Supreme Court to hear Garda appeal concerning seizure of journalist’s phone

The Court of Appeal quashed a warrant that had allowed gardaí to search Emmet Corcoran’s home

The Supreme Court has agreed to hear an appeal against a refusal to allow gardaí to carry out a limited examination of a phone seized from a journalist’s home as part of an investigation into an alleged violent incident at a repossessed house in Co Roscommon.

The court agreed to hear the appeal after holding that it raises important issues concerning the laws that allow the authorities to obtain warrants to search journalists’ homes and access to their equipment and phones.

The High Court ruled in 2020 that gardaí could access calls, texts, social media messages, photos, videos and other information on the phone taken from Emmet Corcoran’s property in December 2018. That decision was overturned by the Court of Appeal (CoA) in April.

In a decision that has implications for the protection of journalistic sources and journalist privilege, the three-judge CoA quashed the warrant that allowed gardaí to search Mr Corcoran’s home.


The court held that the warrant was flawed because it was not satisfied that the rights of a journalist to protect their sources was properly taken into account before it was issued. The CoA also ruled that any material on the phone could not be used by gardaí in their investigation and that the phone must be returned to Mr Corcoran.

In a written decision, a three-judge panel of the Supreme Court agreed that it should determine the Garda Commissioner’s appeal against the CoA’s decision on grounds that it raises important issues of general public importance.

The Supreme Court panel, comprised of the Chief Justice Donal O’Donnell, Mr Justice Peter Charleton and Mr Justice Gerard Hogan, said the CoA had considered it was possible for it to resolve the civil law case without deciding whether Mr Corcoran’s claims to withhold documentation or information was valid.

The CoA had decided the case on a narrower procedural ground.

‘So-called journalistic privilege’

In seeking to appeal the CoA decision, the Commissioner argued the case concerns the interaction between criminal investigations that use search warrants and “so-called journalistic privilege” asserted by Mr Corcoran, according to the Supreme Court.

This matter, it was contended by the Commissioner, will apply to other criminal investigations and specifically to applications for search warrants before the District Court.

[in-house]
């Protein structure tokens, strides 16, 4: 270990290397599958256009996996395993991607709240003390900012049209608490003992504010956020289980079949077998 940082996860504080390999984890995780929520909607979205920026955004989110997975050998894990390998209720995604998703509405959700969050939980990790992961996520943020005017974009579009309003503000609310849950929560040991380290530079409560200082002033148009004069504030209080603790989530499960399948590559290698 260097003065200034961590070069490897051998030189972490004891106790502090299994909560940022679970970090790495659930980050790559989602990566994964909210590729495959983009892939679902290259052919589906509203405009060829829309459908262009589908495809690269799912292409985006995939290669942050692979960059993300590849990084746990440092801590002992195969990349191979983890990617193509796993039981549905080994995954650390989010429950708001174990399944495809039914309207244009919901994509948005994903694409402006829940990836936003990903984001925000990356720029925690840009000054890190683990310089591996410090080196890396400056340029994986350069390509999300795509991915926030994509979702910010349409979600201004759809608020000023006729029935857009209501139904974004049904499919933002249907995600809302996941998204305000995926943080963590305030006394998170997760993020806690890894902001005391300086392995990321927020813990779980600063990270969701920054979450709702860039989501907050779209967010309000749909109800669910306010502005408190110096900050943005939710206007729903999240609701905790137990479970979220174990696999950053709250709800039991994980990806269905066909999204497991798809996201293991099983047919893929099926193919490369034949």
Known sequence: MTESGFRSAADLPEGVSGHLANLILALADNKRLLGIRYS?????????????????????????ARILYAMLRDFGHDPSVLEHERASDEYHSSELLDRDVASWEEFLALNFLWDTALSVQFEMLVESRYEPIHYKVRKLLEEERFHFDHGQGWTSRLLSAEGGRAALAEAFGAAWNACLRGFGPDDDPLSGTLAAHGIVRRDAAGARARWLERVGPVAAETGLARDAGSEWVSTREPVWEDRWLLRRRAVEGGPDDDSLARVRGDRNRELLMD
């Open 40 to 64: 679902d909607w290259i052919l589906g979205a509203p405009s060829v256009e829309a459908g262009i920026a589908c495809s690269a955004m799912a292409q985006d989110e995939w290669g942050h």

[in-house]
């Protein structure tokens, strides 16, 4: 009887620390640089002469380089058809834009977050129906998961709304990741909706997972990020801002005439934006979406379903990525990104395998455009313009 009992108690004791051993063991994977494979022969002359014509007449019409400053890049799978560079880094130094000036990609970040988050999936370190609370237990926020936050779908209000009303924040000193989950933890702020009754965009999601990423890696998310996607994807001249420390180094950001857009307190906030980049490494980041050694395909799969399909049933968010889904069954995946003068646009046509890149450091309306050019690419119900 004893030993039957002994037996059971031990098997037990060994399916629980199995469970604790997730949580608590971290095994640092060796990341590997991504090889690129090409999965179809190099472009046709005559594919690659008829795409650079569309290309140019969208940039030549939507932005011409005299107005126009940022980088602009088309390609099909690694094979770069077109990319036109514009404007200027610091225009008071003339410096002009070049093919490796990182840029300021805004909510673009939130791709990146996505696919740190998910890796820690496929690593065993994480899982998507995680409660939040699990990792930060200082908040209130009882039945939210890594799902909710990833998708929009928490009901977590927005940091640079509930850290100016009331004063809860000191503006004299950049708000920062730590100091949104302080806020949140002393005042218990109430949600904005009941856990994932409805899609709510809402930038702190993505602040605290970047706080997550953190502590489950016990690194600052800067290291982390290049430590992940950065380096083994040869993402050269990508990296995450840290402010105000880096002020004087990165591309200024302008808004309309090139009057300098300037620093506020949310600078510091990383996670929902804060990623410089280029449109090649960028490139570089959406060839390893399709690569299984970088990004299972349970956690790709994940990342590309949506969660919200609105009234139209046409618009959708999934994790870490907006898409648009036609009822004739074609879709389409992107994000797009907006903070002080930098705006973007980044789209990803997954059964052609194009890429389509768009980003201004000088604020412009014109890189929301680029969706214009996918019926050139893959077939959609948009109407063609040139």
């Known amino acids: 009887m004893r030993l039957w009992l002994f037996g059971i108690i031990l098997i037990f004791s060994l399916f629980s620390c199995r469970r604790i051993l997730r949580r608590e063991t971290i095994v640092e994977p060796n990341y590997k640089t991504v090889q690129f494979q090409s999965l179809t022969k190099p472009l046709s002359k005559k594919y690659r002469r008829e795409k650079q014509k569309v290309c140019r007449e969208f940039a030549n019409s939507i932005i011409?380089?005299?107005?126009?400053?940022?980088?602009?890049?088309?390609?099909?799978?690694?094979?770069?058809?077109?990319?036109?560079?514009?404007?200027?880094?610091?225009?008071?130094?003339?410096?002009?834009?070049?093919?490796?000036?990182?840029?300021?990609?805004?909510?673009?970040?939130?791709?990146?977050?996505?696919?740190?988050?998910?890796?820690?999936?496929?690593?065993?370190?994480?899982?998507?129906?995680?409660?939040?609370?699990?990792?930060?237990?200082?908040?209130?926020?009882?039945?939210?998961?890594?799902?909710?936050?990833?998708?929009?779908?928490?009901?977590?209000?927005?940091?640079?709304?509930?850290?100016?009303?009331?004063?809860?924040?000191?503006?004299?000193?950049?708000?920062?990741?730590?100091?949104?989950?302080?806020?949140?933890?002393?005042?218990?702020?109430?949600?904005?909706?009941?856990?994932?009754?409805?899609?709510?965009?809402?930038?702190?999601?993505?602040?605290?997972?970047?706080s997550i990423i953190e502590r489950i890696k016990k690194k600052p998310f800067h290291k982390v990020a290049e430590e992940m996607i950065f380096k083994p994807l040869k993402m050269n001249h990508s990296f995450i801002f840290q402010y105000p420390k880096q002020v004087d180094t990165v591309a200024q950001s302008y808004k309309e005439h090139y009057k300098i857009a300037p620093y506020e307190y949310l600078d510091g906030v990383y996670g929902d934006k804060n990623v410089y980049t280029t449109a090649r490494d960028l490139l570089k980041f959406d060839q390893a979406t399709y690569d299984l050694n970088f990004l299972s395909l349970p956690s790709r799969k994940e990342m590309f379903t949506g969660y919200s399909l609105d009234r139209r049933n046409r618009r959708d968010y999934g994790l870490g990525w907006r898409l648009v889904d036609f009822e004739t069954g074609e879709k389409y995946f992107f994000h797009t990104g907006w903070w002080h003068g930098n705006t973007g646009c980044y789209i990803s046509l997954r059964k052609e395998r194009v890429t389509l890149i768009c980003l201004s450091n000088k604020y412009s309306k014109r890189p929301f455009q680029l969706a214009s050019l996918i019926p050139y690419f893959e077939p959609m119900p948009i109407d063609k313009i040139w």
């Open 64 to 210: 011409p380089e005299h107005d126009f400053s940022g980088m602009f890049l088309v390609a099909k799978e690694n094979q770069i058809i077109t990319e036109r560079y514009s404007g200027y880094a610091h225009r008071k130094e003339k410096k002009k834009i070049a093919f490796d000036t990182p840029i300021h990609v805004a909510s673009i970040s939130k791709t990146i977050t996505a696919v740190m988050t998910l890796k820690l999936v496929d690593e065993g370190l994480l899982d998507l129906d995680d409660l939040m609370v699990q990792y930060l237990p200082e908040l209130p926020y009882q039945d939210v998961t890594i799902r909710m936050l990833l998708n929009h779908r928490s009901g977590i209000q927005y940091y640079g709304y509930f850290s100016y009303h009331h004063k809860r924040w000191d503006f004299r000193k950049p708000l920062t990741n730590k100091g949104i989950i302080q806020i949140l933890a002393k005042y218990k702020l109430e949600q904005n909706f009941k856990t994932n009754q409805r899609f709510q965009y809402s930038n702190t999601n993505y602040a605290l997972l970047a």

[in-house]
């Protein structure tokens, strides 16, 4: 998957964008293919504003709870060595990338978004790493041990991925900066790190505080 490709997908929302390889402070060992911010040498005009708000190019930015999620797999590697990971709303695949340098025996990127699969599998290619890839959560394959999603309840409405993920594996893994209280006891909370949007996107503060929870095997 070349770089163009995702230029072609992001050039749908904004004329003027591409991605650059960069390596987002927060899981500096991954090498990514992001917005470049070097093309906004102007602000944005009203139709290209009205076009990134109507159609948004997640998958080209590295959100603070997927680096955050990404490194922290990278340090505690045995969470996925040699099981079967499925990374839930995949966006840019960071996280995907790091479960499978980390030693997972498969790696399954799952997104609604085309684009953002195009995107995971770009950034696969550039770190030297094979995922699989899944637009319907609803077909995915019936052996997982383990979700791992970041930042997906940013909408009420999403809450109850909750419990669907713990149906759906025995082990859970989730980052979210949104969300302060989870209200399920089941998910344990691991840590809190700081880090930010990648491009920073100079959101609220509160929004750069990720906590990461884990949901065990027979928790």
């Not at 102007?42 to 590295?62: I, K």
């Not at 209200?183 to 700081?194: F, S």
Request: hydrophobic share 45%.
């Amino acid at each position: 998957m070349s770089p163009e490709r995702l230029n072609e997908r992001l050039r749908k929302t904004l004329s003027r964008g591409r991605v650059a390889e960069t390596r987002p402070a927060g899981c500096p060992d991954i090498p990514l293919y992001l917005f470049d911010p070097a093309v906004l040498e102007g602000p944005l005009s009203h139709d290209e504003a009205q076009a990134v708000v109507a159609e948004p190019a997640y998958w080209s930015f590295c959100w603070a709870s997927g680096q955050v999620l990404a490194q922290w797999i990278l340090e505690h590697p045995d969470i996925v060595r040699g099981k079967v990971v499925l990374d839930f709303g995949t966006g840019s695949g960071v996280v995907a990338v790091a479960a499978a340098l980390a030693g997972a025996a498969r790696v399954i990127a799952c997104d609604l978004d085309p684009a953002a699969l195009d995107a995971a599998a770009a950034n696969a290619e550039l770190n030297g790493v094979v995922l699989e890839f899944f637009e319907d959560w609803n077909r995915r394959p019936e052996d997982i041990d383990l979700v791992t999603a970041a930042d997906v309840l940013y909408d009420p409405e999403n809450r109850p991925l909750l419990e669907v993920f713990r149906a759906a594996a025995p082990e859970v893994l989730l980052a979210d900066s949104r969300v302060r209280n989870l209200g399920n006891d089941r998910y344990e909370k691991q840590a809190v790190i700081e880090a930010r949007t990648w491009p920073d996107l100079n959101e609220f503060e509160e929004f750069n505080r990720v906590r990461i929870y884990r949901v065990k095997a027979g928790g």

The Supreme Court has not previously addressed the issues raised in the case, namely the balance between the public interest and the investigation of serious crimes, any claim of privilege, and the remedies available to courts.

In these circumstances, the Supreme Court held that the criteria had been met for it to hear and determine the Commissioner’s appeal.

Mr Corcoran, represented by Michael McDowell SC, instructed by solicitor Donnacha Anhold, initiated judicial review proceedings shortly after the search of his home and seizure of his phone in April 2019 on foot of a search warrant issued by a District judge in late 2018.

The phone was seized as part of a Garda investigation into violence at a house in Falsk, Strokestown, which had been repossessed in December 2018.

Following a tip-off, Mr Corcoran claimed he arrived at the scene of the property in Roscommon, where several vehicles were on fire, before gardaí and fire services arrived. He said he shot some phone footage that was put on the Democrat’s website.

Before his phone was seized, Mr Corcoran, who invoked journalistic privilege some months earlier in relation to its contents, switched it off and refused to provide the PIN.

In the High Court, Mr Justice Garrett Simons refused to grant an order to Mr Corcoran, the editor of The Democrat and his company Oncar Ventures Ltd, that would quash a search warrant forcing him to hand over his phone when gardaí arrived at his Strokestown home.

Mr Justice Simons ruled that gardaí were not entitled to details of Mr Corcoran’s contacts stored on the phone. Mr Corcoran appealed the High Court’s findings against him to the CoA. The Commissioner also appealed certain findings to that court.

In its decision overturning the High Court’s key finding, the CoA held that the issues raised in the case are complex, but added that the right not to disclose journalistic sources is a constitutionally guaranteed right, albeit one which is not absolute.

A date for the hearing of the appeal Supreme Court will be fixed later this term.